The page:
Department for Work and Pensions


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Updated 12 July 2012

Pensions Reform

The Pensions Act 2011

The Pensions Bill 2011 received Royal Assent on 3 November 2011.

The Act puts into law changes to the State Pension age timetable. From April 2016, women's State Pension age will rise faster than originally planned, equalising with men's at 65 by November 2018. Between December 2018 and October 2020, men and women's State Pension ages will be increased from 65 to 66.

The Act also:

  • implements workplace pension reform measures from the Making Automatic Enrolment Work Review; and
  • allows contributions to be taken towards the cost of providing personal pension benefits to current judicial pensions scheme members.

You can find details of the Act’s passage through Parliament on the Parliament website

We published a number of supporting documents when the Bill was introduced to Parliament, including the impact assessment. We updated the impact assessment on 21 November to reflect the content of the Act when it received Royal Assent. This is included with the Pensions Act 2011 – supporting documents.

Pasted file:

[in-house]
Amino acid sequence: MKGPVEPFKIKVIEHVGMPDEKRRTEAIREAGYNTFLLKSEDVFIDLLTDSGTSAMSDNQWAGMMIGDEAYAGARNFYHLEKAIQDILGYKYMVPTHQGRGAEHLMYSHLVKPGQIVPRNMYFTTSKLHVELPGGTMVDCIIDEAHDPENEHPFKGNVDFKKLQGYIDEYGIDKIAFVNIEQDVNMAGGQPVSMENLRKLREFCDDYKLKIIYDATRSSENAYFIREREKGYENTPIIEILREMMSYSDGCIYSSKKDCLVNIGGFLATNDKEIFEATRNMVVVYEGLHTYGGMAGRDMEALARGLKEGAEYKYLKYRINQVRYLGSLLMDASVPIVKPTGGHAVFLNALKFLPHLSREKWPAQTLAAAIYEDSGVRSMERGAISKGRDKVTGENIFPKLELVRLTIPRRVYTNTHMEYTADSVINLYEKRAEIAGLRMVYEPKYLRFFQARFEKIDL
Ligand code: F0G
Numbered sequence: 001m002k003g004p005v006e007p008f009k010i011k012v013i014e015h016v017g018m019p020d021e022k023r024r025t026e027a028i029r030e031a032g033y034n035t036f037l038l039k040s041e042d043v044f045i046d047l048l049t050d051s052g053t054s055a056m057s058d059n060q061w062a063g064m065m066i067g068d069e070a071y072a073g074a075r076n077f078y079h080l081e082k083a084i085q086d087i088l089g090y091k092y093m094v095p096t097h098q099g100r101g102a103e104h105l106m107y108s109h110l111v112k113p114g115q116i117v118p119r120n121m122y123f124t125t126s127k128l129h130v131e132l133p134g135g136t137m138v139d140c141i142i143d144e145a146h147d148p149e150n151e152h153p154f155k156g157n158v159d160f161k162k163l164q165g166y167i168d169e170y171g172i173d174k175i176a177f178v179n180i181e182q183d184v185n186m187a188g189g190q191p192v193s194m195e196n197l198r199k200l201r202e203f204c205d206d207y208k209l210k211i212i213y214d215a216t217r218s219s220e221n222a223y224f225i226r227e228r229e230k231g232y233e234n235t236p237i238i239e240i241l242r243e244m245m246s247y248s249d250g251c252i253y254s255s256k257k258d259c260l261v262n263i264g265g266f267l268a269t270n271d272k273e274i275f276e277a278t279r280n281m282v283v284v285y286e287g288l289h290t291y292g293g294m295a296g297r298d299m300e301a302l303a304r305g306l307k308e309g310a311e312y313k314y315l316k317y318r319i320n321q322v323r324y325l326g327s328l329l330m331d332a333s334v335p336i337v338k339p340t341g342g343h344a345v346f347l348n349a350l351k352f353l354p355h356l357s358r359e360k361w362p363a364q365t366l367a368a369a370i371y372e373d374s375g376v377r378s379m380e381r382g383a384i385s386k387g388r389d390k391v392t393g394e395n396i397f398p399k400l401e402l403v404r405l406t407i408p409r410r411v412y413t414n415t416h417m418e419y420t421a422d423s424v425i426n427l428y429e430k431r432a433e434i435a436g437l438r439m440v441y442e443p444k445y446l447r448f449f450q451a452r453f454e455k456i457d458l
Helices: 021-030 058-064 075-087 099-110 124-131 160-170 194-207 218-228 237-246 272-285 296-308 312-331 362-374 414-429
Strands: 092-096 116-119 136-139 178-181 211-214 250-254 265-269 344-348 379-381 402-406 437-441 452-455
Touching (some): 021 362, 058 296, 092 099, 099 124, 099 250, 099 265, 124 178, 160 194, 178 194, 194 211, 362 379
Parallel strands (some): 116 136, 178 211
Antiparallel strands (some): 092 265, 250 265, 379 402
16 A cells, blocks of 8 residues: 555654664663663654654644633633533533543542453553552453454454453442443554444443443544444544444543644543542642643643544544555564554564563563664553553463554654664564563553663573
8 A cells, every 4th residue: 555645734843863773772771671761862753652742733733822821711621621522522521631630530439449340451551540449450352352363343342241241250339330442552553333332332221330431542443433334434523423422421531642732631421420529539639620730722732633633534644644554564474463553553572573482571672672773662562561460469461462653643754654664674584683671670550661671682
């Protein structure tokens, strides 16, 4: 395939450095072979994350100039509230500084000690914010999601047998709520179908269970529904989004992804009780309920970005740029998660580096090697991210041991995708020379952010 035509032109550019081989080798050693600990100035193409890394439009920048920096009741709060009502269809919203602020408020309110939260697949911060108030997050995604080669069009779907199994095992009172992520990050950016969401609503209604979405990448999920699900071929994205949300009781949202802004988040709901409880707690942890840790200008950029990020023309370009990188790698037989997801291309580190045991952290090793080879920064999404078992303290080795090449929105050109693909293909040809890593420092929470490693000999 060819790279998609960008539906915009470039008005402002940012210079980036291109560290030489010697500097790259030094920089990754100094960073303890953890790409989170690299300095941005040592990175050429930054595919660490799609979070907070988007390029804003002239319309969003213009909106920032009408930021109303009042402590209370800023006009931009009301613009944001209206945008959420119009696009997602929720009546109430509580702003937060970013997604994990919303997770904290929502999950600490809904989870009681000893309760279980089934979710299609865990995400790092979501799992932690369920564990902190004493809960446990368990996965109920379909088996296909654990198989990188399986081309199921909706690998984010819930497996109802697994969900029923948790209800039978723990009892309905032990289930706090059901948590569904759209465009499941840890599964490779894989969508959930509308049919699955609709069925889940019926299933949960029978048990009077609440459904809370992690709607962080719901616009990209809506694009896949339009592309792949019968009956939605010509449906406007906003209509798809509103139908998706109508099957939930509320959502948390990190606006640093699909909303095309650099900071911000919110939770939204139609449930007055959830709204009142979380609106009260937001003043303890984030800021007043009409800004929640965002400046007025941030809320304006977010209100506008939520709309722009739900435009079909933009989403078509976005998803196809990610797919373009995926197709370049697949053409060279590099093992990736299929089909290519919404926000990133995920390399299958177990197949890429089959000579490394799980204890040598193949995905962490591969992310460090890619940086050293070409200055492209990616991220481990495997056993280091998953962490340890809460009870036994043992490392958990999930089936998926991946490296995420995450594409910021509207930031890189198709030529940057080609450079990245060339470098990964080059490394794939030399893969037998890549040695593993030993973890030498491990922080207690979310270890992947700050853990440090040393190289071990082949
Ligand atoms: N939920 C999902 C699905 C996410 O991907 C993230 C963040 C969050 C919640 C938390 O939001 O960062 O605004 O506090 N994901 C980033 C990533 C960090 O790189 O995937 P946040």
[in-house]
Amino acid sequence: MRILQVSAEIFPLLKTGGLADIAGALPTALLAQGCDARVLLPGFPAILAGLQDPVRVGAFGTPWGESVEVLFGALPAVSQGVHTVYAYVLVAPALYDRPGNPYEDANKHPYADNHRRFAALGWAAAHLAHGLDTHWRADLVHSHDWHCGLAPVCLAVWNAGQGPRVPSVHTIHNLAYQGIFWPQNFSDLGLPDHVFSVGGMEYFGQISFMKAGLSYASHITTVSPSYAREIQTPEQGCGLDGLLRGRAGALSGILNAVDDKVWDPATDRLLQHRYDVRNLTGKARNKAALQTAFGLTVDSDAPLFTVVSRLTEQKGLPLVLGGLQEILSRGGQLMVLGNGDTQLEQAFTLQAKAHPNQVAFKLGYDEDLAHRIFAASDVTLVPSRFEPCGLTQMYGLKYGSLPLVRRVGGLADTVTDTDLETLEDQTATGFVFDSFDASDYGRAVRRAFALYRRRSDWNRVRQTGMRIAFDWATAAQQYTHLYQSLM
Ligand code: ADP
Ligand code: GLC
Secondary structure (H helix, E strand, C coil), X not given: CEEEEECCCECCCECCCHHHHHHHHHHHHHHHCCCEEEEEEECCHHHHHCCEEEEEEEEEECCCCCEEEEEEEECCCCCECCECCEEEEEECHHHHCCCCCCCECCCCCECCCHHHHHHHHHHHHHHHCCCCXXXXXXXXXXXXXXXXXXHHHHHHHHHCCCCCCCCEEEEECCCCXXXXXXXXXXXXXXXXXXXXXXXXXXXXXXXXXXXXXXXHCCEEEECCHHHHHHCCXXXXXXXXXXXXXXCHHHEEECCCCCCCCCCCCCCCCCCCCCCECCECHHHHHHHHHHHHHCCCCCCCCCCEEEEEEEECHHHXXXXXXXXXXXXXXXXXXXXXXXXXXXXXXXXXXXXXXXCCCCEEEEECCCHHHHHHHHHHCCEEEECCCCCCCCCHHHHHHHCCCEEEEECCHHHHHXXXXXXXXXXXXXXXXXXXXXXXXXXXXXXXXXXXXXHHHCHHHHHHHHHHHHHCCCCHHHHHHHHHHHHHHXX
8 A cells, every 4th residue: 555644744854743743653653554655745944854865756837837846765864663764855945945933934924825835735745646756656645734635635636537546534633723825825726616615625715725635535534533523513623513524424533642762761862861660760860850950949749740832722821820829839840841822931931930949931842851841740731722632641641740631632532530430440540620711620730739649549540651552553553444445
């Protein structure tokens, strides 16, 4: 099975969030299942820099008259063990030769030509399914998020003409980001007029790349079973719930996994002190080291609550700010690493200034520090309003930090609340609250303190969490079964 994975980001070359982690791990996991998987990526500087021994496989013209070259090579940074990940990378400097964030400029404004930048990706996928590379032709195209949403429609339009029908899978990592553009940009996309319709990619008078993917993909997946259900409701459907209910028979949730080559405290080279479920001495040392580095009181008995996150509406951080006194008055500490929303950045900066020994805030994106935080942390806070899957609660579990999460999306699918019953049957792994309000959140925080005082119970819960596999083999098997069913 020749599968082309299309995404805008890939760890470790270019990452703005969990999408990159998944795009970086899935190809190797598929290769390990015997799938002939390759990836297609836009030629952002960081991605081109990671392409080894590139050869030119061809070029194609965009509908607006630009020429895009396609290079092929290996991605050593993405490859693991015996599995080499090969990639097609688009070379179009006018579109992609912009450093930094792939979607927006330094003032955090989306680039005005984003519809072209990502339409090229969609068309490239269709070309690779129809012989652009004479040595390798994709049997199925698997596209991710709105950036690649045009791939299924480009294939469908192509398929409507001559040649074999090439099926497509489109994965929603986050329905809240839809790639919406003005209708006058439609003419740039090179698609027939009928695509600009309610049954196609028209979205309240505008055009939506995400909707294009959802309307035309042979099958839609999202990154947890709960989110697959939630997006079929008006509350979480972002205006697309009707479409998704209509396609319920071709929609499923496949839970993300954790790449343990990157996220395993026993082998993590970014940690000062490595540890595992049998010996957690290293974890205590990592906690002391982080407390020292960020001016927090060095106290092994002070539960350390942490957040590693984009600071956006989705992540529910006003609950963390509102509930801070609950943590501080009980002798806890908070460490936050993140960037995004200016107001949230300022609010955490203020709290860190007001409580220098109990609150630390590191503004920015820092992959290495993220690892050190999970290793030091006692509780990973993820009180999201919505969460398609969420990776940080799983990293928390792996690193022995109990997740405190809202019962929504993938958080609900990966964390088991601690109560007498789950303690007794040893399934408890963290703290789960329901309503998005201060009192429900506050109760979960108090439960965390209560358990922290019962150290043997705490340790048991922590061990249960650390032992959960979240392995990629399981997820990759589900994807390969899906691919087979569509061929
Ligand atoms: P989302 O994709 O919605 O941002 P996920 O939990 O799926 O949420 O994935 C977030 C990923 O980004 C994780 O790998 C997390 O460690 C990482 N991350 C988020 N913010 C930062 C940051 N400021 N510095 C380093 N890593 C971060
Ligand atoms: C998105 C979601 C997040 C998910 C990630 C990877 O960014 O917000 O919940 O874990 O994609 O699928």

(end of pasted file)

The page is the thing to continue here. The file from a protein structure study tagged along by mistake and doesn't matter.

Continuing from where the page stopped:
Further increases in State Pension age

Under the current law State Pension age will already increase to:

  • 67 between 2034 and 2036
  • 68 between 2044 and 2046

The Government is considering how the State Pension age should be changed in the future and have announced that State Pension age will now increase to 67 sooner between 2026 and 2028. This change to the timetable is not yet law and will be subject to Parliamentary scrutiny when legislation is introduced. We will publish more details when they are available.

Pension reform for the future

The Government’s aim is to create a simpler state pension system to encourage more private saving. With the introduction of automatic enrolment in 2012, individuals can decide whether to stay in or opt out of a workplace pension.

A simpler system will mean individuals are better able to make informed decisions about how much they need to save privately. This will make it easier to plan for their retirement.

In April 2011, we published a consultation paper, setting out two potential options for simplifying the state pension system. We published a summary of responses to the consultation in July 2011.

More detail will be set out on both the state pension reform and State Pension age review mechanism in a white paper in the Autumn.

Background to pensions reform

Information about the development of pensions reform up to 2010 can be found on the following pages: